Baltimore Orioles: Is it time for a change in the dugout?

Buck Showalter‘s contract with the Baltimore Orioles is up after this season. GM Dan Duquette’s is as well, but that’s another story for another day. With tonight’s 2-1 loss to Cleveland, the Birds are now 6-17. So…should the O’s make a change in the dugout following this season? Or perhaps even now?

I’m getting asked that more and more as someone who covers the team. And I’m seeing people more and more talking about it on media such as Twitter. So obviously it’s on the minds of the fans. And I suppose that the record indicates that has to be the case. More on that later.

Kevin Gausman put forth a winning effort in tonight’s game. Gausman’s line: 8.0 IP, 4 H, 2 R, 1 BB, 7 K. With this outing, Gausman went deeper than any other Oriole starter this season. I wouldn’t even say that he made one bad pitch. Granted Alonso’s two-run homer in the second stood up for Cleveland in terms of winning the game, that was simply a slider that was muscled out of the park.

The Birds would cut that lead in half in the bottom of that second inning on Chance Sisco‘s RBI-single. But that was all they could muster. And those two runs were all Cleveland could muster. Which is why this was another opportunity lost for the Orioles, who are direly trying to right the ship.

And some would say they’re trying too hard. Which is why again some people are tossing around the idea of a managerial change being a good idea. However to that point, I would submit that you can’t tell players to “try less.” Are guys pushing? Yes. But that’s a good thing, because you know how direly guys want to win.

Showalter came to Baltimore in August of 2010 on the heels of a start that was much worse than this one. It was also a team that wasn’t anywhere near as talented as this team is – that came later. And he had an almost immediate impact in terms of professionalism, as well as wins and losses.

Buck Showalter’s a professional manager who’s done nothing but baseball for his entire life. And I won’t lie, I think that letting go of a manager of his caliber would be the worst move that a team could make. How many truly great managers are there in baseball?

The obvious rebuttal if you’re on the other side of the discussion is how many managers are there with better records than Buck? And maybe that’s a valid point. However what’s not a valid point is what people think happens after a manager is let go. You have to have someone better to replace that guy if you’re going to make a change…makes sense, right?

So…with whom do you replace a guy who could be a borderline Hall of Fame manager if he won a World Series? People love to tell me that they should go young and hire this guy or that guy. And the thing that most of these options have in common is that they’ve never managed before. Heck, some of the ideas I’ve heard were guys who have never coached.

So does it really make sense to take the keys away from a steady hand, and hand them to a kid who’s never driven before? The answer to that question is an obvious and emphatic NO. So what’s the alternative? Stay the course.

Tim Beckham exited tonight’s game in the eighth inning and appeared to be in discomfort. Buck Showalter said after the game that it they’re concerned about Beckham’s achilles and groin. He had achilles problems during spring training. How long he’s out of the lineup if at all remains to be seen.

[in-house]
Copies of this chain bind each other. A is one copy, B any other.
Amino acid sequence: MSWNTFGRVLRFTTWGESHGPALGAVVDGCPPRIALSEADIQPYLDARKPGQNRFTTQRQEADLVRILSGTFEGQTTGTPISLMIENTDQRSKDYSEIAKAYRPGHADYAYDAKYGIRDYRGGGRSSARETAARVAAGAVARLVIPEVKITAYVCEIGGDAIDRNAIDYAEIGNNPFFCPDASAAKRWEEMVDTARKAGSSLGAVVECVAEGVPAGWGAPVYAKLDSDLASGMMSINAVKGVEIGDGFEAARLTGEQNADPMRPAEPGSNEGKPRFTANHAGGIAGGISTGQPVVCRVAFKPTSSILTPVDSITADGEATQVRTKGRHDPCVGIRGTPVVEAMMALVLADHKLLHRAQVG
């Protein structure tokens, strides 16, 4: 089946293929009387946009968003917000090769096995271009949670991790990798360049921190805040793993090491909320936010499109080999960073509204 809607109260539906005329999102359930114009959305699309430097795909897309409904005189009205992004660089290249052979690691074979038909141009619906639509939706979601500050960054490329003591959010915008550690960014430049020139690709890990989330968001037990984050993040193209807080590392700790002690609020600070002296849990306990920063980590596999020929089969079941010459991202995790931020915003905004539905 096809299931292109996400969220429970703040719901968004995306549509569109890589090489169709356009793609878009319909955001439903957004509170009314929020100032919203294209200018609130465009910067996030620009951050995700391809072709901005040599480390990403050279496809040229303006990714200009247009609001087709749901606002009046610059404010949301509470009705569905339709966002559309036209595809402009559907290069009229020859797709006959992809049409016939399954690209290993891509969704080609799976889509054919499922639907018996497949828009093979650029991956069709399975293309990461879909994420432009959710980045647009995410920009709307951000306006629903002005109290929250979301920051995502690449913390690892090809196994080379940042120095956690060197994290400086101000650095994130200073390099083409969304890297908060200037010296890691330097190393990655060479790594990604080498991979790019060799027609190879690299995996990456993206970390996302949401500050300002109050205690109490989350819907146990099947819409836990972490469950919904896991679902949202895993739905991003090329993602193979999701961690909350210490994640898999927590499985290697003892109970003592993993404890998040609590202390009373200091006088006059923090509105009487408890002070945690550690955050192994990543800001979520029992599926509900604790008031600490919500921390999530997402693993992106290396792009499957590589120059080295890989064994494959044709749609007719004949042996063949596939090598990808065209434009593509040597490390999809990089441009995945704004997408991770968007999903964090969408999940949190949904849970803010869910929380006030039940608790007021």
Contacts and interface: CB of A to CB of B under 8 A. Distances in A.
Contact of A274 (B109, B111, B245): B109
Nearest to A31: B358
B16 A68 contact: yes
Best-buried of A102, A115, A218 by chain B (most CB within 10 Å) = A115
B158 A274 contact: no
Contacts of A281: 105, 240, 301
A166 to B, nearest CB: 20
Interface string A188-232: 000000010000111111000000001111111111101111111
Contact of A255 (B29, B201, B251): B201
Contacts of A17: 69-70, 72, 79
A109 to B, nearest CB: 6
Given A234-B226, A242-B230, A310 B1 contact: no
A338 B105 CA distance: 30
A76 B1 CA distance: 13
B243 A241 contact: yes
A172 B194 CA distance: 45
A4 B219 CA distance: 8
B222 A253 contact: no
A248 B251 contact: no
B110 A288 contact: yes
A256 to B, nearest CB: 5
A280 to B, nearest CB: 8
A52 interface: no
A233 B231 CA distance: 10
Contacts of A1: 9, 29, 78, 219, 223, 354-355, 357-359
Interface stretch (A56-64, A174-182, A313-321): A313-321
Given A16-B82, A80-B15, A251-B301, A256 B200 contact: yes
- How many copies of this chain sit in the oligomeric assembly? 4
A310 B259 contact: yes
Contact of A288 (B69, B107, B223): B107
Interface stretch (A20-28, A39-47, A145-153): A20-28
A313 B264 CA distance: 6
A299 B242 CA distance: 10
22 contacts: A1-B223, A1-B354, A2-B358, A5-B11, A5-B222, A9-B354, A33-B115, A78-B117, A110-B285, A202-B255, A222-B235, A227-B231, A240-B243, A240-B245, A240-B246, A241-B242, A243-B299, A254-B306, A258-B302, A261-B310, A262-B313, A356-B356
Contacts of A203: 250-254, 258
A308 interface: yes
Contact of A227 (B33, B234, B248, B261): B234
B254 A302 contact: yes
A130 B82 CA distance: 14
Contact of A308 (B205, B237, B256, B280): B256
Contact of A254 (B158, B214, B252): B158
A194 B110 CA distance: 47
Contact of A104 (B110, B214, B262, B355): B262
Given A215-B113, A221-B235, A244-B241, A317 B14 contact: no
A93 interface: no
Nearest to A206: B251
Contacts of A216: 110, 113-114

The Orioles will now move onto a fairly winnable series as Tampa comes to town – a series that they would do well to sweep if possible. Alex Cobb gets the start for the Orioles against his former team, and he’ll be opposed by Tampa’s Jake Faria. Game time is set for just after 7 PM.


  1. Out of curiosity, what would be an acceptable moment for you to consider a manager change in season as the right move?


    1. When the manager’s lost the clubhouse. Buck’s been with many of these guys for a long time. If you look at Sam Perlozzo and Dave Trembley as examples, they both lost the clubhouse at a certain point. Buck’s a guy who had immediate “street cred” when he came into the clubhouse due to his experiences in the past. And I can tell you that nothing’s changed in that regard.

      But even with the likes of Perlozzo and Trembley, there has to be a plan if you’re going to get rid of the manager. When they fired Sam Perlozzo I don’t think they really had a plan. I think they just fired him for the sake of firing him. When they fired Trembley they elevated Juan Samuel as the interim manager. That’s noteworthy because “interim” indicates that it’s temporary. So I suspect that the plan was to get Buck or Bobby Valentine (who was also available) in as soon as they could. Thanks for reading!


      1. If things aren’t going well teams should always be thinking about making a change. The reds did it, not sure why we can’t.


        1. Richard, I wish it were that easy. In this case, Showalter’s a good manager. He always has been. You don’t cease to be good at your job. Managing a baseball team is all about strategizing and out-thinking your opponent. Now granted you also have to have the players produce on your behalf, and that’s what’s failing them now.


    1. Actually it’s a good move. In the interim it gives them depth, and New York is paying his salary. If at some point they can’t use him any longer and they need to cut/DFA him, New York will still be paying his salary. So for now he’s needed but if in the future there’s no spot for him (very possible) they can just DFA him and it’s no sweat off anyone’s back. Thanks for reading!


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